It can heat water, dry laundry and power an electric car, all with the energy of the sun. MIT students have created an entirely solar-powered house, dubbed the Solar7, for the Department of Energy's annual Solar Decathlon.
The Solar7 and a village of other completely solar-powered houses were set up on the National Mall in Washington, D.C. on Oct. 12. Each 800-square-foot home is designed and assembled by a university and vies for points in 10 categories related to energy efficiency, design and marketability.
Each entry must meet the living needs of the average American family. It must: retain enough warmth (but not so much it turns into a solar oven); have sufficient light for rainy days; provide warm water for showers; be handicapped-accessible; store enough energy to run a dishwasher and an electric car; and use only commercially-available building materials and technologies.
"You can't yank something out of the lab and throw it up on the roof," said Kurt Keville, faculty advisor to the MIT project. "You have to use production-grade products."
Other solar home entrants include Georgia Tech, Universidad Politécnica de Madrid, Santa Clara University, Universidad de Puerto Rico and the University of Colorado at Boulder, which has won the challenge for the past two years.
Engineering the "green" house to retain heat is one of the biggest challenges of the project. To meet this need, the Solar7's south-facing wall is made of 1-foot-thick square tiles with a structure like a sandwich. Two opaque plastic squares act like the bread, while a filling of water and thermal insulating gel sits in between. This gel transfers the sun's heat from the outside of the wall, through the water and to the inside wall.
To help keep that heat from escaping, the house's windows are energy-efficient, with three panels of glass and krypton gas as an insulator.
Several photovoltaic cells cover the south-facing roof of the house and generate most of its energy. The electricity generated is stored in 24 batteries that together hold about 70 kilowatts and can power the house for 48 hours.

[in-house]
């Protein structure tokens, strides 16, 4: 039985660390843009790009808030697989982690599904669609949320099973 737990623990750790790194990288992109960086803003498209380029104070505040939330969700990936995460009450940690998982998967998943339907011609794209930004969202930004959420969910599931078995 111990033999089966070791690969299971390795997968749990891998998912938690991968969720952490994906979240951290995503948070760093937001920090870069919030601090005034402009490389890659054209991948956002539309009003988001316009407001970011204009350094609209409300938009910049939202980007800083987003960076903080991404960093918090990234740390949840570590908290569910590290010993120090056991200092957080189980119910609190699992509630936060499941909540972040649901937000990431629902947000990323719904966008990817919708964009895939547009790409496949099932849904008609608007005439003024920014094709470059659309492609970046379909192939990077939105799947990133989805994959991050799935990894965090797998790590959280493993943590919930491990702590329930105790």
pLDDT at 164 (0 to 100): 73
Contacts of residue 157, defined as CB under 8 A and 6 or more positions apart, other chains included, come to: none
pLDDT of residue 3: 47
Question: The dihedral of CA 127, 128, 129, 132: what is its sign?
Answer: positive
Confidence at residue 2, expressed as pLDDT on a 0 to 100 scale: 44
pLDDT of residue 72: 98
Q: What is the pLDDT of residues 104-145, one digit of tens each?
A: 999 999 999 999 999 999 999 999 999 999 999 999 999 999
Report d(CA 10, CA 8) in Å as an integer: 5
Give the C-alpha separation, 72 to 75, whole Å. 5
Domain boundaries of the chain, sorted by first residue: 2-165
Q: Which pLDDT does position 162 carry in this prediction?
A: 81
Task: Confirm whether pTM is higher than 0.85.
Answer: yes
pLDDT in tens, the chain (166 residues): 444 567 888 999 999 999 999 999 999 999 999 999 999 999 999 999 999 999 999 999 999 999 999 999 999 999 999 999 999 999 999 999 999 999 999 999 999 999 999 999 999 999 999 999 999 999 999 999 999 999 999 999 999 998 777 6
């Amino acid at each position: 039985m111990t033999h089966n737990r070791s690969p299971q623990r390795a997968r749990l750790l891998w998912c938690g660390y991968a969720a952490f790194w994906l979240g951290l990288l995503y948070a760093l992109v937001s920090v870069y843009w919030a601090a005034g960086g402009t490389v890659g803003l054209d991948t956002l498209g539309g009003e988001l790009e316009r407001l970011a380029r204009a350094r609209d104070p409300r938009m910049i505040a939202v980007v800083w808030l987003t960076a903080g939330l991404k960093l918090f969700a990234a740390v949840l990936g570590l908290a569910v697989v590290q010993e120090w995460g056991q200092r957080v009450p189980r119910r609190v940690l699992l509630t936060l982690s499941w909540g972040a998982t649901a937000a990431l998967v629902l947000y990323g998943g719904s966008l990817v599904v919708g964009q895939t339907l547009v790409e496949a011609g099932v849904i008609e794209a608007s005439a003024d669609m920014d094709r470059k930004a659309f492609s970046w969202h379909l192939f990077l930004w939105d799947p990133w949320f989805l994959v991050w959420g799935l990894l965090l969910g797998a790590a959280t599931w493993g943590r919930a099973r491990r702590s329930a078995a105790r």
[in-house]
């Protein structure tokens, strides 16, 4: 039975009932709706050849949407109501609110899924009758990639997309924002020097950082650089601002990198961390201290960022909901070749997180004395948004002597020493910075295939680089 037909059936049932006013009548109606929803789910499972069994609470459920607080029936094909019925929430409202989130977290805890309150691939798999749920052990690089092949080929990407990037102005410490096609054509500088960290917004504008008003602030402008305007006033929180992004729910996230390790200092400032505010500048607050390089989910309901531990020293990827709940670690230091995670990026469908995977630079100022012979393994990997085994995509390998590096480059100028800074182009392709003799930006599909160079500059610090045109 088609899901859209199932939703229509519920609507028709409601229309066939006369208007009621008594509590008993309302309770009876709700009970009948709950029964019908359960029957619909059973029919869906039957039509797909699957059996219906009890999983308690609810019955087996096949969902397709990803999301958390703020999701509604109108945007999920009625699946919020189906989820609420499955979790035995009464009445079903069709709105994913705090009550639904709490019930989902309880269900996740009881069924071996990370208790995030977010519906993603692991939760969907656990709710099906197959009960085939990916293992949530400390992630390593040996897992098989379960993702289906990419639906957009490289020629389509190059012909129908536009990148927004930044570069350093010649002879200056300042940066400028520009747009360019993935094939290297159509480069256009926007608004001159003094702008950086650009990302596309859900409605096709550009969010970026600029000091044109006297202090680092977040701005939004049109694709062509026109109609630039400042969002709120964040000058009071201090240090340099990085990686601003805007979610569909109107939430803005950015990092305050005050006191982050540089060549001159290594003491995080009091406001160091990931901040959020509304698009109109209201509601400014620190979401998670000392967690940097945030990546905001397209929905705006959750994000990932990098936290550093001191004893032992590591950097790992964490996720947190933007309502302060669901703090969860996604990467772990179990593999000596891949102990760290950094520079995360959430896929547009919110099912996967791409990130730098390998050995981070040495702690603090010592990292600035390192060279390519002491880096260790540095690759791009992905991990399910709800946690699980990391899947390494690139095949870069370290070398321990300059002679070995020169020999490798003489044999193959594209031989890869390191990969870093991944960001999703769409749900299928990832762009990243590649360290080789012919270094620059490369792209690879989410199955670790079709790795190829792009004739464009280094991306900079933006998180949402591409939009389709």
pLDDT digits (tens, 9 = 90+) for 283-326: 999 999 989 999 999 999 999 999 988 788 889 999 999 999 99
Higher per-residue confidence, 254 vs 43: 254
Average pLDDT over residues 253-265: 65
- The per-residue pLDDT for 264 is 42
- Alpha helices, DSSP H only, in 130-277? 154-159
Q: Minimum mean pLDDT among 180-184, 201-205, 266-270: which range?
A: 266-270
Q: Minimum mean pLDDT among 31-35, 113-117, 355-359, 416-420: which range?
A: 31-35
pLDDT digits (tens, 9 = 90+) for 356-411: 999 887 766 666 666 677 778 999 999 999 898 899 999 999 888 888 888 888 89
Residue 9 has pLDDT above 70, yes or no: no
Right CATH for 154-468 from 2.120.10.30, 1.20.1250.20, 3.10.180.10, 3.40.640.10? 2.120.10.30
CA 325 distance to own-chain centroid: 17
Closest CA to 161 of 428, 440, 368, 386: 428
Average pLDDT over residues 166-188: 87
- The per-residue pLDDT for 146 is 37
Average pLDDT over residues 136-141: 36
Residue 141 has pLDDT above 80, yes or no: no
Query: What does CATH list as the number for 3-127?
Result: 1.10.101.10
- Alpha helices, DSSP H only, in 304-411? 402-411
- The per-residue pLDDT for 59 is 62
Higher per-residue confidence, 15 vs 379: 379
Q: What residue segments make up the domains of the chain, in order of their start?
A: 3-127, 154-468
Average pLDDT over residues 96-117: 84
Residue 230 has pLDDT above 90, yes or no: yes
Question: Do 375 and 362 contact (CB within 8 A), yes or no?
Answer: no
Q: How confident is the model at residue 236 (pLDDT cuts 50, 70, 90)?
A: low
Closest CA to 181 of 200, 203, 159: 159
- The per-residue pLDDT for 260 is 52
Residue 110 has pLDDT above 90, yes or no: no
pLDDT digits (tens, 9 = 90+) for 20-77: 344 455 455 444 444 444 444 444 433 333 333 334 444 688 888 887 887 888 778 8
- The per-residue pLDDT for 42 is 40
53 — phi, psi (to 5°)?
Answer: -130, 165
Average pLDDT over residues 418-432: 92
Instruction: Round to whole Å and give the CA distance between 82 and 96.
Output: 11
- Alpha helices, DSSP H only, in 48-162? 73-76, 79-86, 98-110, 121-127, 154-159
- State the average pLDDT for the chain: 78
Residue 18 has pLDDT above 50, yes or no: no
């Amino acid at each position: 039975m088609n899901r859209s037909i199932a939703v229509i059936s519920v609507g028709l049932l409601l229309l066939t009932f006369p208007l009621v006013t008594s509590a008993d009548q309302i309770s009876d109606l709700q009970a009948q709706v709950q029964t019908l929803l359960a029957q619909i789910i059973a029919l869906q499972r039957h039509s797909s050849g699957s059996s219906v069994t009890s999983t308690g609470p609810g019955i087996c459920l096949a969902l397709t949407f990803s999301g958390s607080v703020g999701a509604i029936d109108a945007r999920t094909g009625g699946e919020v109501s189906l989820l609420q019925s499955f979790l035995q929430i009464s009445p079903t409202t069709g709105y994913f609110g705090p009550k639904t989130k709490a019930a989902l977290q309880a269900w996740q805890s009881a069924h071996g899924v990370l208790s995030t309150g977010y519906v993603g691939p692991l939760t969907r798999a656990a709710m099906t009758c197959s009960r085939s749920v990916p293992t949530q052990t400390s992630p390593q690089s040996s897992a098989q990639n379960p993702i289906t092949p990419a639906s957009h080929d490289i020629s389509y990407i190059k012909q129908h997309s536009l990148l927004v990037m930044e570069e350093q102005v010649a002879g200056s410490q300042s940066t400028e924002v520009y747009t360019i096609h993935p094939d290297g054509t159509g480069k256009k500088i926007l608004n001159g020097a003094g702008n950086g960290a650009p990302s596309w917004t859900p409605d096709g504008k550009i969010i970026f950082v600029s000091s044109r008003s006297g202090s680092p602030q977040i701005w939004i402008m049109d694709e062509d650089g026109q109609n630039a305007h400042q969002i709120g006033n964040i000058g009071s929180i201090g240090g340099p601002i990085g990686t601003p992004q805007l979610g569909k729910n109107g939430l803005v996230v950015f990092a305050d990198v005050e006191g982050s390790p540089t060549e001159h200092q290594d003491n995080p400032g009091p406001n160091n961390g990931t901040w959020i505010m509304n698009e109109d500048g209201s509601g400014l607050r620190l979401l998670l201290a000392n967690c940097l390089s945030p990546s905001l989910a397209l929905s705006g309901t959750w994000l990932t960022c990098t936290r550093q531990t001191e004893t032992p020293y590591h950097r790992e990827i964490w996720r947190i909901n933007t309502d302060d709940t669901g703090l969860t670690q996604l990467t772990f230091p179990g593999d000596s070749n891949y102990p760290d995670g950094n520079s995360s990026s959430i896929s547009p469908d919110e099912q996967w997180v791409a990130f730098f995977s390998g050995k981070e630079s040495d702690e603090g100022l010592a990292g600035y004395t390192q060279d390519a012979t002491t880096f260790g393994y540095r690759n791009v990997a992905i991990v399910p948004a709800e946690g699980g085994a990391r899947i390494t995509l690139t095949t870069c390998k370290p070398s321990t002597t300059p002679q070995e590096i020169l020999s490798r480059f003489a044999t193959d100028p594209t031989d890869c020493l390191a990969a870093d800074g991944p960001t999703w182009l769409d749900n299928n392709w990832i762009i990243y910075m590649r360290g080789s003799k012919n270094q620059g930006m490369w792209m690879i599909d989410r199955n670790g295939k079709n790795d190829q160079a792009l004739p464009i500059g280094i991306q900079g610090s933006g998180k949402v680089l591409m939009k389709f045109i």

The Georgia Tech entry features roof panels that can pivot to follow the orientation of the sun.
The University of Colorado entry is just a small module of a full-size, 2,100-square-foot home, while the Universidad de Puerto Rico design was based on the structure of a plant cell.
The Decathlon includes a series of 10 challenges, including a hot shower contest, in which each team must heat a bucket of water to 110 degrees. Another includes fixing dinner for each team's neighbors using their stored energy to power appliances.
The MIT dinner will feature an appetizer of pumpkin crab soup, meatless sausage kabobs or spinach tortellini for a main course, and sorbet and chocolate chip pudding cookies for dessert.
Each team must also wash and fluff-dry a load of towels.
The solar village will be up and open to the public until Oct. 20, with student tour guides and information panels to showcase each house's features.
- 10 Ways to Green Your Home
- Power of the Future: 10 Ways to Run the 21st Century
- What's Your Environmental Footprint?
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Andrea Thompson is an associate editor at Scientific American, where she covers sustainability, energy and the environment. Prior to that, she was a senior writer covering climate science at Climate Central and a reporter and editor at Live Science, where she primarily covered Earth science and the environment. She holds a graduate degree in science health and environmental reporting from New York University, as well as a bachelor of science and and masters of science in atmospheric chemistry from the Georgia Institute of Technology.